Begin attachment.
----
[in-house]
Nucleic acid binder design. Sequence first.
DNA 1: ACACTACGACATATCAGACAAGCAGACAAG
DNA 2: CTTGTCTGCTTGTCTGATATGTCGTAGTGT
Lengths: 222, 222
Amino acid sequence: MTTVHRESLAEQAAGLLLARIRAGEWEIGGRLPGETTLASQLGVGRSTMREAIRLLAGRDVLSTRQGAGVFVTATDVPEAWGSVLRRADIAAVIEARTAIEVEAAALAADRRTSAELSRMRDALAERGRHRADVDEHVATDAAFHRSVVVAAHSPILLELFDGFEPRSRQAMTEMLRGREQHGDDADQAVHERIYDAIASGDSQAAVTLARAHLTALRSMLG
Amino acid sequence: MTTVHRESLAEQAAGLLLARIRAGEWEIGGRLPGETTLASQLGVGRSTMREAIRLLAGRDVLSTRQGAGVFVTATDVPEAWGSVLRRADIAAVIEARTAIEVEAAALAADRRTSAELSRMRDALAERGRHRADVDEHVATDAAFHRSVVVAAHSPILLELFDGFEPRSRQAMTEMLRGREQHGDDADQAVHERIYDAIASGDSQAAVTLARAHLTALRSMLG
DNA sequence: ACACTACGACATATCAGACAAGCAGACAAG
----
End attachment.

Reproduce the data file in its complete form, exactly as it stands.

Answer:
[in-house]
Nucleic acid binder design. Sequence first.
DNA 1: ACACTACGACATATCAGACAAGCAGACAAG
DNA 2: CTTGTCTGCTTGTCTGATATGTCGTAGTGT
Lengths: 222, 222
Amino acid sequence: MTTVHRESLAEQAAGLLLARIRAGEWEIGGRLPGETTLASQLGVGRSTMREAIRLLAGRDVLSTRQGAGVFVTATDVPEAWGSVLRRADIAAVIEARTAIEVEAAALAADRRTSAELSRMRDALAERGRHRADVDEHVATDAAFHRSVVVAAHSPILLELFDGFEPRSRQAMTEMLRGREQHGDDADQAVHERIYDAIASGDSQAAVTLARAHLTALRSMLG
Amino acid sequence: MTTVHRESLAEQAAGLLLARIRAGEWEIGGRLPGETTLASQLGVGRSTMREAIRLLAGRDVLSTRQGAGVFVTATDVPEAWGSVLRRADIAAVIEARTAIEVEAAALAADRRTSAELSRMRDALAERGRHRADVDEHVATDAAFHRSVVVAAHSPILLELFDGFEPRSRQAMTEMLRGREQHGDDADQAVHERIYDAIASGDSQAAVTLARAHLTALRSMLG
DNA sequence: ACACTACGACATATCAGACAAGCAGACAAG